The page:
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3 Millennial Myths

The Huffington Post The Huffington Post 24/02/2016 Anne Gherini
PASSWORD PAREJAS © Caiaimage/Sam Edwards via Getty Images PASSWORD PAREJAS

It seems unavoidable to escape the opinion that the millennial generation is the worst. Everyone seems to thrash on this generation for being selfish, lazy, spoiled, and entitled. Even those of us that fall into the appropriate age bucket often roll our eyes and wish our generation could just get its &?%! together. The media loves to play up the stereotypes from every angle, and without question, there are a number of millennials whose personal vendetta is to enforce them. That being said, with over a trillion dollars in purchasing power and over 80 million strong in the U.S. alone, it is better to try to understand this generation rather than to just label them.
Myth No. 1: Millennials are Young and Naive
When many people think about millennials they often picture someone in their early 20s: The newbie adult aimlessly wandering the streets of life in search of direction and purpose. The reality is that millennials range from 18-35 years old. This is a huge age gap. Labeling a group this big and assuming that they all act a certain way is a complete fallacy. This is the most educated generation yet. 47 percent have a college degree, and 18 percent already have a graduate degree or PHD. In addition to that, 40 percent of millennials are already parents. As hard as many try to avoid adulthood, the reality is that millennial adults are projected to outnumber Baby-boomers this year in the U.S.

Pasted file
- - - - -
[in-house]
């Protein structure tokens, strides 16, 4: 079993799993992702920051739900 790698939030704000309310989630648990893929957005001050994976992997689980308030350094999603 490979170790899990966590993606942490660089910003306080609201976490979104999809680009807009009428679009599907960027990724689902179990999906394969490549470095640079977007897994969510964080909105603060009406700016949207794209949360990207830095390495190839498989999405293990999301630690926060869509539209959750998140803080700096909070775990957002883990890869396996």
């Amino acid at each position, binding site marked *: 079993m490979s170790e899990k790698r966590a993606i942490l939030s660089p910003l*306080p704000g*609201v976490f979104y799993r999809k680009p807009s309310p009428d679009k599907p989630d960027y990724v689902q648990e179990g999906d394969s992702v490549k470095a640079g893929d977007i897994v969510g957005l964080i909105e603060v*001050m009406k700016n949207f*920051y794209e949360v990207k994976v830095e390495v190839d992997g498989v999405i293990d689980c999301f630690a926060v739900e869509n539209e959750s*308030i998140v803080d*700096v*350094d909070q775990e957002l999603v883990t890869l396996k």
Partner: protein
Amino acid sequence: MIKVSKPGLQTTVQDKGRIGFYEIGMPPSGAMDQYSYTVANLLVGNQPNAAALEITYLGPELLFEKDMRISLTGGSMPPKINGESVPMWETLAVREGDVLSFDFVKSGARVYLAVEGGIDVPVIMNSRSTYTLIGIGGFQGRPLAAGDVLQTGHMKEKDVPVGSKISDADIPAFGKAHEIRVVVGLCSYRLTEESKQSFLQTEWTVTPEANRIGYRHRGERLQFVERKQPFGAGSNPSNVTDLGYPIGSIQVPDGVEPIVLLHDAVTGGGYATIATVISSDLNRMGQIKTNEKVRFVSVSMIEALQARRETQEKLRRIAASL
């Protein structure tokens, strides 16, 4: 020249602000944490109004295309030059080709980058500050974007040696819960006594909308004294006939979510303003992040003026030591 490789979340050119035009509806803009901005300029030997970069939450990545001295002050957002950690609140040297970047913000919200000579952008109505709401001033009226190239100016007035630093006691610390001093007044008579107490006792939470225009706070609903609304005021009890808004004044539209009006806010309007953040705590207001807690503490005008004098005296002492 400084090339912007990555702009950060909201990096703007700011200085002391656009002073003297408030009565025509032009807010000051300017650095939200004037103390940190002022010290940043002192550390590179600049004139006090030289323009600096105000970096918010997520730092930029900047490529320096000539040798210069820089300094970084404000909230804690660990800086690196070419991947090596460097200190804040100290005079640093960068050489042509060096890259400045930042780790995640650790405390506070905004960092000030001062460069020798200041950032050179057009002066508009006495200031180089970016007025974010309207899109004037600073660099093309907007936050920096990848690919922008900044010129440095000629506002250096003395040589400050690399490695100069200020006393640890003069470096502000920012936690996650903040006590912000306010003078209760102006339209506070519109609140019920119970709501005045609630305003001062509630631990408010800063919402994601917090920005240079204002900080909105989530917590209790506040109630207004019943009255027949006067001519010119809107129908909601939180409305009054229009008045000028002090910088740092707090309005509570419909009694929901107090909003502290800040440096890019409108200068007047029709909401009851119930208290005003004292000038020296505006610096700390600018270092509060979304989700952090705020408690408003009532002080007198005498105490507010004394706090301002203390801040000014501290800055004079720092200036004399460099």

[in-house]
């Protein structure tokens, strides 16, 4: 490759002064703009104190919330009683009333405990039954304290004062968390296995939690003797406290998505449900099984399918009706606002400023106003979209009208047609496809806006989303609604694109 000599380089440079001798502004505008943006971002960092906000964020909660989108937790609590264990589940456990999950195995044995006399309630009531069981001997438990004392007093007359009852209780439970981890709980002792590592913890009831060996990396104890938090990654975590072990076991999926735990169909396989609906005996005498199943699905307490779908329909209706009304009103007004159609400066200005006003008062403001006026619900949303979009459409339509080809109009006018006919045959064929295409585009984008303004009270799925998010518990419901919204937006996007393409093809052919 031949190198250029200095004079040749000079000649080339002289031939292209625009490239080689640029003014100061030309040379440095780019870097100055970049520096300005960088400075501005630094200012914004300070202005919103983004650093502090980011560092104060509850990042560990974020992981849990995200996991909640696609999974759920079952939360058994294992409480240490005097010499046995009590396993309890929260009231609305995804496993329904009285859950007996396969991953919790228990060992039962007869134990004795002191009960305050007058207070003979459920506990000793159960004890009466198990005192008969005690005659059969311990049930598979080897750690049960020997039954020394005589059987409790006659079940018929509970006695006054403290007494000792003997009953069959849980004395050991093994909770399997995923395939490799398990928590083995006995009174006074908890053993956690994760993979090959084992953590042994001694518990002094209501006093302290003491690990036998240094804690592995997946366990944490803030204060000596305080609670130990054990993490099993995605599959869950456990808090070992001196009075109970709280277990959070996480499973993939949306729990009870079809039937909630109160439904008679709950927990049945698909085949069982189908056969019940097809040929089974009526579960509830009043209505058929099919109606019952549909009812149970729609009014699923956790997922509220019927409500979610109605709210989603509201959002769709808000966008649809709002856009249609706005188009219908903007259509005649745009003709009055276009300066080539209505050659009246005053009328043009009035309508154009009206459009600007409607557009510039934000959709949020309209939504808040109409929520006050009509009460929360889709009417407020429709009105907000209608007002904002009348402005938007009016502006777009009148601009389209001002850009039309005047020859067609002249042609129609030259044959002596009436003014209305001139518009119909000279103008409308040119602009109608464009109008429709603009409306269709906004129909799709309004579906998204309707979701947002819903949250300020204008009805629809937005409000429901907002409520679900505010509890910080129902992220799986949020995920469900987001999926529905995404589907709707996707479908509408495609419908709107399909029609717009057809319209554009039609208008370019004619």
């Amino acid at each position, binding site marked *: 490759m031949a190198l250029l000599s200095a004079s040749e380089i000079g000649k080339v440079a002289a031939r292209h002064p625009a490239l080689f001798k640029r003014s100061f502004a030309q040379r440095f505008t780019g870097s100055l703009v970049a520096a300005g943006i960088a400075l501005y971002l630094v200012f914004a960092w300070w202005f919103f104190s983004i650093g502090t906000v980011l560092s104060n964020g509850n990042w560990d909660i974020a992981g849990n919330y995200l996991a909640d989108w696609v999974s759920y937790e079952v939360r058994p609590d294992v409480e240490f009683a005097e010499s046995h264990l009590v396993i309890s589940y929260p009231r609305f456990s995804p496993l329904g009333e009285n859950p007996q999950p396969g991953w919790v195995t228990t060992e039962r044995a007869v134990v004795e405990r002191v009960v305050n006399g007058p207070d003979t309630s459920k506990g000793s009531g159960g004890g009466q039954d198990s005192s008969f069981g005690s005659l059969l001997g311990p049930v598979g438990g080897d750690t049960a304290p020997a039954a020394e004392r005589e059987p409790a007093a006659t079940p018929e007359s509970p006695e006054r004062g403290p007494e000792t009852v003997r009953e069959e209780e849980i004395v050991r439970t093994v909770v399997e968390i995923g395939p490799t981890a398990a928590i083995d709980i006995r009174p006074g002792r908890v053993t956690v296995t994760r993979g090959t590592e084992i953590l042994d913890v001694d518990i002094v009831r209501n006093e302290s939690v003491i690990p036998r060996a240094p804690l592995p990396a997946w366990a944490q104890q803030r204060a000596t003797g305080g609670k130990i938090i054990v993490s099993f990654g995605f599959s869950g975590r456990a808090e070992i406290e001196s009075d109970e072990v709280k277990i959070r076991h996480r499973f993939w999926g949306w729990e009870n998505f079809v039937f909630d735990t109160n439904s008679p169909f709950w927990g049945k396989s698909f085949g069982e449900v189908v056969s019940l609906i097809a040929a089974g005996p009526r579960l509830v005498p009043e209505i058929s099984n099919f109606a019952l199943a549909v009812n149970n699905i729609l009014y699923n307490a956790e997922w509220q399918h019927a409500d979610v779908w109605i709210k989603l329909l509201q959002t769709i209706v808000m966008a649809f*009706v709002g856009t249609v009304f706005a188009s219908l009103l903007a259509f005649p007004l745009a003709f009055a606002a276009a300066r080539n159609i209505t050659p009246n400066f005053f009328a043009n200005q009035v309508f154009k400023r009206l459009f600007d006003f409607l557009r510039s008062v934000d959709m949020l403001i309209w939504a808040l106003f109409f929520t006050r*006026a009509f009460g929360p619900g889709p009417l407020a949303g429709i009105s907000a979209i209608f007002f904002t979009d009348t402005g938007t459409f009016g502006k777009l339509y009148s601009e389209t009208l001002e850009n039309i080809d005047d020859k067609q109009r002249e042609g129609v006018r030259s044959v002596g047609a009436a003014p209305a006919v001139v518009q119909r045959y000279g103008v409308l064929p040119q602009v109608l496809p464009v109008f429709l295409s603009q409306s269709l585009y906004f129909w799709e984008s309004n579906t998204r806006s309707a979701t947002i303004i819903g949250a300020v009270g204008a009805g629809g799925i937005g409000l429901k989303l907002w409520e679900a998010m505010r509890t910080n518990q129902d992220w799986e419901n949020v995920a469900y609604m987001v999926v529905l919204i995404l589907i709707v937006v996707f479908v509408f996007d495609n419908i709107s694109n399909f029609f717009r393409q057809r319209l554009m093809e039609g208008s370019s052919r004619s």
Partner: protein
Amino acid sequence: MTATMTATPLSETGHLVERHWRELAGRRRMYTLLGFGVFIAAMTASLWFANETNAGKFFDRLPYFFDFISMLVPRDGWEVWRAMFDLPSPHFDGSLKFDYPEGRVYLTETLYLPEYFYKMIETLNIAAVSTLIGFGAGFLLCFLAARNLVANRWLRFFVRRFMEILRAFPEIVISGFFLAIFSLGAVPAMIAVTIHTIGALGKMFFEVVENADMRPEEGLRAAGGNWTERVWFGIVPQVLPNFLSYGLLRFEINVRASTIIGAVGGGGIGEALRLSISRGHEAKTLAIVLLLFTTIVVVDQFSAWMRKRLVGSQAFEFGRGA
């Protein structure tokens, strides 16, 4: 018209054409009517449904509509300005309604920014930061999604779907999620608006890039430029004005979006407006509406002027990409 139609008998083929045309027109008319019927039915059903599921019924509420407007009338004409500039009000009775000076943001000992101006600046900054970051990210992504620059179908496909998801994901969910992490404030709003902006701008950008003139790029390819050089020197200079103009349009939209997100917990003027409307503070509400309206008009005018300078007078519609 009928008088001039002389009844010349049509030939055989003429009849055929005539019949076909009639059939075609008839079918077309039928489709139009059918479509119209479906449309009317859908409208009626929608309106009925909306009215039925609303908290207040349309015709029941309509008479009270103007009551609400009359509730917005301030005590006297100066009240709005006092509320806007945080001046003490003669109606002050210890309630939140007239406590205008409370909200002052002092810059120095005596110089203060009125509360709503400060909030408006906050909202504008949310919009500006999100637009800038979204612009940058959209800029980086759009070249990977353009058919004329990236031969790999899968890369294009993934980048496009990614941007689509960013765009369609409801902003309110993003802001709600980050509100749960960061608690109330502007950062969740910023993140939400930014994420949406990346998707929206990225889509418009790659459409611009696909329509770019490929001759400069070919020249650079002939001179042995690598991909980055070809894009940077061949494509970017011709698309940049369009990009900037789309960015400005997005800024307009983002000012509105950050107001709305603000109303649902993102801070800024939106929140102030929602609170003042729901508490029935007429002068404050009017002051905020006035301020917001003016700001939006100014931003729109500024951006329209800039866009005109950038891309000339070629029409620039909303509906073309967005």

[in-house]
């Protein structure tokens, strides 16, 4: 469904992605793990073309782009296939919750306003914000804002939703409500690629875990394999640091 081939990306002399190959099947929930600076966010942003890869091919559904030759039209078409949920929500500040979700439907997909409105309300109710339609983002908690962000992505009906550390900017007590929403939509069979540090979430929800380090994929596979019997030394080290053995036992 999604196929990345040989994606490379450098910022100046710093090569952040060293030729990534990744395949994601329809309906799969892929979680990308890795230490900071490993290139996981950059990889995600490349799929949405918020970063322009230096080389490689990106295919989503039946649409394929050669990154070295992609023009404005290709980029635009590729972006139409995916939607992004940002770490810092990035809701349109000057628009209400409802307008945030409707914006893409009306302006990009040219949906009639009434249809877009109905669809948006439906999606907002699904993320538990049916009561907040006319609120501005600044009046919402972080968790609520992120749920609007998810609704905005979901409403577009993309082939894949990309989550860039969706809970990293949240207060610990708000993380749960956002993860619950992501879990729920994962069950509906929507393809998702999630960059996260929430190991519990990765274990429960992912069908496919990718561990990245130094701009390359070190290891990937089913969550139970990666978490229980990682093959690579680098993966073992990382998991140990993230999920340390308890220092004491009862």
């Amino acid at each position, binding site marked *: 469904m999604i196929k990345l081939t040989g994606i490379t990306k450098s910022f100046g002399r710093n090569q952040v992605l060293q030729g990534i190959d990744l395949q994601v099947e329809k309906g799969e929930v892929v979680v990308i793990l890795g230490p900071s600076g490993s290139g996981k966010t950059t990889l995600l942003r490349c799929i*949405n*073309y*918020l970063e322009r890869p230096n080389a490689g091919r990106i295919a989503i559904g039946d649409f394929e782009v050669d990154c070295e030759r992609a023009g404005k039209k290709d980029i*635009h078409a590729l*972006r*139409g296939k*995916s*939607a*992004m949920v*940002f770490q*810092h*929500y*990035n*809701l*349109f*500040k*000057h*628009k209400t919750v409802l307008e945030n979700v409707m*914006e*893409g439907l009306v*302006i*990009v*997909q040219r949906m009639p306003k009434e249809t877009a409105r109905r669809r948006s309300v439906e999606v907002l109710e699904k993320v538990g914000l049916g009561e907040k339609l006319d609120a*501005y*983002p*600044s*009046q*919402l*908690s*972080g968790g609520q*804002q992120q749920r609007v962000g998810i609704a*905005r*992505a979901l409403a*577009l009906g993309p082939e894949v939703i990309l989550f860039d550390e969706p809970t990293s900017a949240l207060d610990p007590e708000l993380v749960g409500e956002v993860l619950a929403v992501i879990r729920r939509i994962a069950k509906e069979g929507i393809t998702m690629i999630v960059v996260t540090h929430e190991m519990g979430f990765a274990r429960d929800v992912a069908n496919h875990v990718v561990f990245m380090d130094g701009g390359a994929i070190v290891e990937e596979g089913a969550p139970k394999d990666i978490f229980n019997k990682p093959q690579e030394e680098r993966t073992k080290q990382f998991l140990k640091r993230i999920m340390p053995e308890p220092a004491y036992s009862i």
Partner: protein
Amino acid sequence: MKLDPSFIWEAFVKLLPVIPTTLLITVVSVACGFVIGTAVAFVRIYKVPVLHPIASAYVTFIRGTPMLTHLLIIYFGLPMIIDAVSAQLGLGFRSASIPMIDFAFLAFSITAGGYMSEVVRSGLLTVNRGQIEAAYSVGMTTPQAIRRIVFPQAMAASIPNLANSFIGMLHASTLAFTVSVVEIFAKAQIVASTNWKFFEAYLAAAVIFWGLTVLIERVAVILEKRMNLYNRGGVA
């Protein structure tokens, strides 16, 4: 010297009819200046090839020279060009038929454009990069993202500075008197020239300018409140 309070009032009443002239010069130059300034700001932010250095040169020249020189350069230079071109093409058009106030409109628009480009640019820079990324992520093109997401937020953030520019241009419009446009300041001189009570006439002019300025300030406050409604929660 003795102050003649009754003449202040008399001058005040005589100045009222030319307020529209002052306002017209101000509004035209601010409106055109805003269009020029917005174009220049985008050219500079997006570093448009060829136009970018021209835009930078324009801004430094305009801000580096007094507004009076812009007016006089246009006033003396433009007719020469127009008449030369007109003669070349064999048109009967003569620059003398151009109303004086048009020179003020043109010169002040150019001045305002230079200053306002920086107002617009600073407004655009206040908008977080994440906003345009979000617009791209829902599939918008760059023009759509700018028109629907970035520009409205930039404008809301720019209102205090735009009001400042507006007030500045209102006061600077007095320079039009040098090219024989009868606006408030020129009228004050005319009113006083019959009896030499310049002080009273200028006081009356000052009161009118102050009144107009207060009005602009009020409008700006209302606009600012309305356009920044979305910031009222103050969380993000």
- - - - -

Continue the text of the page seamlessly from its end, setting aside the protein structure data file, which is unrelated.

Myth No. 2: The Attention Deficit Generation
Millennials are often thought of as having a short attention span. This is the generation that marketers have tried to connect with, yet millennials pay zero #$!? when it comes to investing in content that does not immediately capture them. The problem though lies less in the rise of ADHD and more due to the fact that millennials are consuming more content on mobile. Mobile-only internet usage, according to ComScore, is becoming the norm for Millennials. Now 21 percent use mobile to go online, instead of desktop computers. Mobile consumption has very different usage patterns compared to desktop. At StumbleUpon, we see this exhibited with our mobile millennial users. Their average session length has decreased, but the number of times they logged on in a given day has skyrocketed. They also are logged on more frequently for a shorter a duration of time, consuming content at lightning speed with just a swipe. TL;DR Millennials are digesting more and more content via mobile, wherever they are and at every moment in the day. If you want to catch their attention, you need to convey your message in succinct bits that can be clearly delivered on a 6 inch screen.
Myth No. 3: Millennials Hate Marketing
Often we hear how difficult it is to reach the fickle millennial generation. As a tech-savvy group of individuals who grew up with the internet, millennials also grew up with options to avoid consuming what they don't want to see. From Tivo and DVRs to effortless swiping through content, millennials have grown accustomed to ignoring what does not bring them value. The caveat is that they engage and invest in what does provide value. It is not that millennials hate marketing, but instead that they hold to a different, or shall we say, higher standard. Brands that offer value and experiences outperform click bait's fetching of eyeballs and impressions. At StumbleUpon we see that Millennials engage with branded content 52 percent more than other generations proving that they don't care if content is sponsored, they just care if it is good.
Millennials will continue to get pummeled by the press until Gen Z comes of age and takes the spotlight. Regardless of the flood of stereotypes, it is important to remember the power and opportunity that lies within this generation. Brands need to understand this generation's diversity, think mobile-first, and create authentic content that provides value.

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